Top Senate Intel Dem Savages Twitter For ‘Inadequate’ Presentation To Staff

Riccardo Savi/SIPPL Sipa USA
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The top Democrat on the Senate Intelligence Committee bashed Twitter Thursday for an “inadequate” and “deeply disappointing” presentation the social meeting company gave earlier Thursday morning to the committee staff investigating Russian election meddling.

“I am more than a bit surprised, in light of all the public interest in this subject over the last few weeks, that anyone from the Twitter team would think that the presentation they made to the Senate staff today even began to answer the kind of questions that we’d asked,” Sen. Mark Warner (D-VA) told reporters.

After meeting with Senate Intel, as well as with the House Intelligence Committee, Twitter posted a statement disclosing that, working from the 450 inauthentic Facebook accounts that Facebook had identified earlier this month, it had found around 200 accounts that violated Twitter’s own rules that have since been suspended.

Warner on Thursday called that work “derivative” and said it showed “an enormous lack of understanding from the Twitter team of how serious this issue is.”

“The effort that appears to be put forward — that it was mostly derivative, based upon the roughly 450 accounts that Facebook identified and then simply searching more about those specific accounts — either shows a unwillingness to take this threat seriously or a complete lack of fulsome effort,” he said.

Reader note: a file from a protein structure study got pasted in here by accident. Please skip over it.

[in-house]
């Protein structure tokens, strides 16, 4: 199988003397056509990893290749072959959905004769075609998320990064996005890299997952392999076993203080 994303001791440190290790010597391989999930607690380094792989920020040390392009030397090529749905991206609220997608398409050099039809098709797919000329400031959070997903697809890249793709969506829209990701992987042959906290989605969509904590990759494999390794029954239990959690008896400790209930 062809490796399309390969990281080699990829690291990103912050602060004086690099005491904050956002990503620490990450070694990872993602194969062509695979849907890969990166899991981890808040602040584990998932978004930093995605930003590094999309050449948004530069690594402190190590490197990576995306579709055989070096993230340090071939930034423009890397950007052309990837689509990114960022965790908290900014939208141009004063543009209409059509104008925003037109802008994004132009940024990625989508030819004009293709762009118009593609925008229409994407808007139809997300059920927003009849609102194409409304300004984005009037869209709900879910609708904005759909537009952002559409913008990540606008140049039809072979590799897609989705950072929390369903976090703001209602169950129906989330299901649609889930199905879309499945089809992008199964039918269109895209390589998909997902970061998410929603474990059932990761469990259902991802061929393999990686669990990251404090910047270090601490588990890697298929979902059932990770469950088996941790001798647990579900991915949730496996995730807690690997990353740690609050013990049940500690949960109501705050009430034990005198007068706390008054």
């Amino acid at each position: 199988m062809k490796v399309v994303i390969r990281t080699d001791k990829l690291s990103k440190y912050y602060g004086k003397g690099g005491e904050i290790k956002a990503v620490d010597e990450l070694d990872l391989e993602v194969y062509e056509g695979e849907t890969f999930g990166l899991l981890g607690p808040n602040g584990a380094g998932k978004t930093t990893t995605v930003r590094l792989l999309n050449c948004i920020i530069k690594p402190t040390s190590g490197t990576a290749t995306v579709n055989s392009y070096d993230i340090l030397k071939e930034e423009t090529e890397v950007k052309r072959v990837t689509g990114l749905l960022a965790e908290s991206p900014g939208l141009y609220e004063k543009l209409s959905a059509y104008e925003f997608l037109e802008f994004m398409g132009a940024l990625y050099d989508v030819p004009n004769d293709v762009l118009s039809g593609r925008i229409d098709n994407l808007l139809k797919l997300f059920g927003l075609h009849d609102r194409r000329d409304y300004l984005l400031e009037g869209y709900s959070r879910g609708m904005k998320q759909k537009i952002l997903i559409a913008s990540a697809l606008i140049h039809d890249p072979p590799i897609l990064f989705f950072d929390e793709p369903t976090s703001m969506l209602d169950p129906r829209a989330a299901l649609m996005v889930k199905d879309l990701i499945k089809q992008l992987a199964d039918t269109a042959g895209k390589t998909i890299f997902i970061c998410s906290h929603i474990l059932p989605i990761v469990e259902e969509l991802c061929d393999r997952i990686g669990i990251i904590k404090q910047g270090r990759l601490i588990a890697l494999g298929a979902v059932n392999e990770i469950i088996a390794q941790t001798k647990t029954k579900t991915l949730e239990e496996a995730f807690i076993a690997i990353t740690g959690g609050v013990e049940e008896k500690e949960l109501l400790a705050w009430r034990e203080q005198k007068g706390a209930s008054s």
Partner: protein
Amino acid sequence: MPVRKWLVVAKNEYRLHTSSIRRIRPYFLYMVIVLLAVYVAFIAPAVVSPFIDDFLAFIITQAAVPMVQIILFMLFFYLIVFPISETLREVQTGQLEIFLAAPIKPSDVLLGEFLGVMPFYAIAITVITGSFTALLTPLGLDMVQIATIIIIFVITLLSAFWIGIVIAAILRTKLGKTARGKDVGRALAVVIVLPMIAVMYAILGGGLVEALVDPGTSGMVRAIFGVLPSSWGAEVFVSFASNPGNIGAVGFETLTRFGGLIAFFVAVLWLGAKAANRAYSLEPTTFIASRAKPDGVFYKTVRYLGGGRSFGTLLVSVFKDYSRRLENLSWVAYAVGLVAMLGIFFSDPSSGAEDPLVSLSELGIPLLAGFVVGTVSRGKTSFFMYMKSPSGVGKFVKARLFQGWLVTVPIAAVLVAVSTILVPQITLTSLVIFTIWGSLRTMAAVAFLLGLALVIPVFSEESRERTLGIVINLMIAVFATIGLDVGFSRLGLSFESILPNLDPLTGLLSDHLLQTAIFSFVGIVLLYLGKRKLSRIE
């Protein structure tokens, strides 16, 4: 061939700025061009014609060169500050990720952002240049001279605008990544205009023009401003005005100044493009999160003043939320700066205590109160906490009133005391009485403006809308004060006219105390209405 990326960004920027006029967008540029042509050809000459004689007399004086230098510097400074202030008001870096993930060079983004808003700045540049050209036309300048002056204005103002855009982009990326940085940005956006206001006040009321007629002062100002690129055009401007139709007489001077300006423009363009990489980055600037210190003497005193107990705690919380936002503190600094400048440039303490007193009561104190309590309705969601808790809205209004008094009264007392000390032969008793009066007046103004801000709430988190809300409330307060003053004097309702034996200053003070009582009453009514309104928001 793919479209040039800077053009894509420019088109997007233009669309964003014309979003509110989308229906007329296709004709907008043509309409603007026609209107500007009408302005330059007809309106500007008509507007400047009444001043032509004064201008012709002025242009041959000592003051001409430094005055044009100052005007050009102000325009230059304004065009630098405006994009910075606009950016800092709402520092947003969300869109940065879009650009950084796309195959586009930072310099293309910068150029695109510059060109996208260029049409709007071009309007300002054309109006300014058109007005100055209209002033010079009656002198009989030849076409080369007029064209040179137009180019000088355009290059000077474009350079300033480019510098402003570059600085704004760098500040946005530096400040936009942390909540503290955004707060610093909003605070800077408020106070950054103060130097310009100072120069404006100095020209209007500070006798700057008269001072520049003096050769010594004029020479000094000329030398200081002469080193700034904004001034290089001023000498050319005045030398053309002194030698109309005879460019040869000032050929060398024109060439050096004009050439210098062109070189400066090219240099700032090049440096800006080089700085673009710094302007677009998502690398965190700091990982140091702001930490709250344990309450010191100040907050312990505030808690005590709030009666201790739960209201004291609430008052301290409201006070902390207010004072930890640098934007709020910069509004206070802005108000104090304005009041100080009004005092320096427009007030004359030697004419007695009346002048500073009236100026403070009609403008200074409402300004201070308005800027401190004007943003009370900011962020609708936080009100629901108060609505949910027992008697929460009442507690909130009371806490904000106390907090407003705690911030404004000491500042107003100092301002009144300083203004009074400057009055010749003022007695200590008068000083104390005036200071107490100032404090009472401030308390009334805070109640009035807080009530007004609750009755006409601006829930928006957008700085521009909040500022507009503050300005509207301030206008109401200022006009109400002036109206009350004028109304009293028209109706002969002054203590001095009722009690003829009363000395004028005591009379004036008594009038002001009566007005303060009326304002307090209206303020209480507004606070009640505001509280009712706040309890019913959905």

Warner pointed to recent reports that Russia-linked Twitter accounts may have been behind tweets inflaming both sides of the current NFL national anthem debate.

Asked if he would subpoena Twitter, Warner said, “My goal with all of these entities and enterprises is to continue to try to work on a cooperative basis.”

He argued that the current circumstances in the United States are not the same as the role Twitter plays in oppressive regimes in giving a platform to individuals to be heard.

“If [Americans] don’t know whether ad sponsorship is coming from foreign governments or foreign agents, or if stories are popping up not because there is genuine interest from Americans, but it is being sponsored by foreign entities, I think Americans are going to want to know that and at some point these companies are going to test the confidence and faith that Americans have in their enterprises,” Warner said.

 

ABOUT THE AUTHOR

Tierney Sneed is a reporter for Talking Points Memo. She previously worked for U.S. News and World Report. She grew up in Florida and attended Georgetown University.
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